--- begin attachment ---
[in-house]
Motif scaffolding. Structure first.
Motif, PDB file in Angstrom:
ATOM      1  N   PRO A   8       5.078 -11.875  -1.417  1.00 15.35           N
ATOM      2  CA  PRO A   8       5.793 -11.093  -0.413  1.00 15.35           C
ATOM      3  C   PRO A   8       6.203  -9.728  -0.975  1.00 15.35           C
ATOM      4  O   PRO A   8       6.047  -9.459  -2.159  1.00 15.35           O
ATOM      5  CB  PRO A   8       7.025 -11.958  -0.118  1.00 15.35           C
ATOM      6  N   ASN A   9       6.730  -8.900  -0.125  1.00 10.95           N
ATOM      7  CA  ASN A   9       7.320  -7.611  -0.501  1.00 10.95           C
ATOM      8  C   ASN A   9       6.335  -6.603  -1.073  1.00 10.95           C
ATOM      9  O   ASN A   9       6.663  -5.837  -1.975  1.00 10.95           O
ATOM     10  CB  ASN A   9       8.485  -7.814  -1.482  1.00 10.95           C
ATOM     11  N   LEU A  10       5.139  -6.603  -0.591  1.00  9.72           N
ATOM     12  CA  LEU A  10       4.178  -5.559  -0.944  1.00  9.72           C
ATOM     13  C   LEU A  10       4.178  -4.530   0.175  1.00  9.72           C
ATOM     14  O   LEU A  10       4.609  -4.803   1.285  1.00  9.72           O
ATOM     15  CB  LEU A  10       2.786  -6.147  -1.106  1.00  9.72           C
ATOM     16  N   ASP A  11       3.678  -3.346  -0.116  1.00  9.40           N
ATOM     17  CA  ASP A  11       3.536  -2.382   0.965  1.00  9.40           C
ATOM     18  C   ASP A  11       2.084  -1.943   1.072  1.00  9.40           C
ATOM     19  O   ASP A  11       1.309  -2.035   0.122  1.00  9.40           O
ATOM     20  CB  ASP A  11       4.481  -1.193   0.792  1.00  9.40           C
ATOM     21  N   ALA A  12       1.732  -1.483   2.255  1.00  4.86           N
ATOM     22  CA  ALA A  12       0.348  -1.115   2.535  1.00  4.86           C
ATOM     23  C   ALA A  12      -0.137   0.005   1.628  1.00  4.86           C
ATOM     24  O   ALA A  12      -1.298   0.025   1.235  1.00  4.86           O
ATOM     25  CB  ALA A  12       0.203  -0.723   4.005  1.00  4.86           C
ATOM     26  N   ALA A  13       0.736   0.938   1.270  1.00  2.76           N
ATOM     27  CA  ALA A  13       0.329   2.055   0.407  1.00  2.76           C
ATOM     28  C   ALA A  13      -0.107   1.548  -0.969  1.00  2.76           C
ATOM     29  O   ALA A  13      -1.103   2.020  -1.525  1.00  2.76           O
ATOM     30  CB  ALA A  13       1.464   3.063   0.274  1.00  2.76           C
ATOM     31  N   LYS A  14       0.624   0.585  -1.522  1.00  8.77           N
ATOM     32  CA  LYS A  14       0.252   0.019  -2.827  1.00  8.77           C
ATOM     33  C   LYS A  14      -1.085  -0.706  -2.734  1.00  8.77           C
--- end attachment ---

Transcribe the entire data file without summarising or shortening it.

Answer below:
[in-house]
Motif scaffolding. Structure first.
Motif, PDB file in Angstrom:
ATOM      1  N   PRO A   8       5.078 -11.875  -1.417  1.00 15.35           N
ATOM      2  CA  PRO A   8       5.793 -11.093  -0.413  1.00 15.35           C
ATOM      3  C   PRO A   8       6.203  -9.728  -0.975  1.00 15.35           C
ATOM      4  O   PRO A   8       6.047  -9.459  -2.159  1.00 15.35           O
ATOM      5  CB  PRO A   8       7.025 -11.958  -0.118  1.00 15.35           C
ATOM      6  N   ASN A   9       6.730  -8.900  -0.125  1.00 10.95           N
ATOM      7  CA  ASN A   9       7.320  -7.611  -0.501  1.00 10.95           C
ATOM      8  C   ASN A   9       6.335  -6.603  -1.073  1.00 10.95           C
ATOM      9  O   ASN A   9       6.663  -5.837  -1.975  1.00 10.95           O
ATOM     10  CB  ASN A   9       8.485  -7.814  -1.482  1.00 10.95           C
ATOM     11  N   LEU A  10       5.139  -6.603  -0.591  1.00  9.72           N
ATOM     12  CA  LEU A  10       4.178  -5.559  -0.944  1.00  9.72           C
ATOM     13  C   LEU A  10       4.178  -4.530   0.175  1.00  9.72           C
ATOM     14  O   LEU A  10       4.609  -4.803   1.285  1.00  9.72           O
ATOM     15  CB  LEU A  10       2.786  -6.147  -1.106  1.00  9.72           C
ATOM     16  N   ASP A  11       3.678  -3.346  -0.116  1.00  9.40           N
ATOM     17  CA  ASP A  11       3.536  -2.382   0.965  1.00  9.40           C
ATOM     18  C   ASP A  11       2.084  -1.943   1.072  1.00  9.40           C
ATOM     19  O   ASP A  11       1.309  -2.035   0.122  1.00  9.40           O
ATOM     20  CB  ASP A  11       4.481  -1.193   0.792  1.00  9.40           C
ATOM     21  N   ALA A  12       1.732  -1.483   2.255  1.00  4.86           N
ATOM     22  CA  ALA A  12       0.348  -1.115   2.535  1.00  4.86           C
ATOM     23  C   ALA A  12      -0.137   0.005   1.628  1.00  4.86           C
ATOM     24  O   ALA A  12      -1.298   0.025   1.235  1.00  4.86           O
ATOM     25  CB  ALA A  12       0.203  -0.723   4.005  1.00  4.86           C
ATOM     26  N   ALA A  13       0.736   0.938   1.270  1.00  2.76           N
ATOM     27  CA  ALA A  13       0.329   2.055   0.407  1.00  2.76           C
ATOM     28  C   ALA A  13      -0.107   1.548  -0.969  1.00  2.76           C
ATOM     29  O   ALA A  13      -1.103   2.020  -1.525  1.00  2.76           O
ATOM     30  CB  ALA A  13       1.464   3.063   0.274  1.00  2.76           C
ATOM     31  N   LYS A  14       0.624   0.585  -1.522  1.00  8.77           N
ATOM     32  CA  LYS A  14       0.252   0.019  -2.827  1.00  8.77           C
ATOM     33  C   LYS A  14      -1.085  -0.706  -2.734  1.00  8.77           C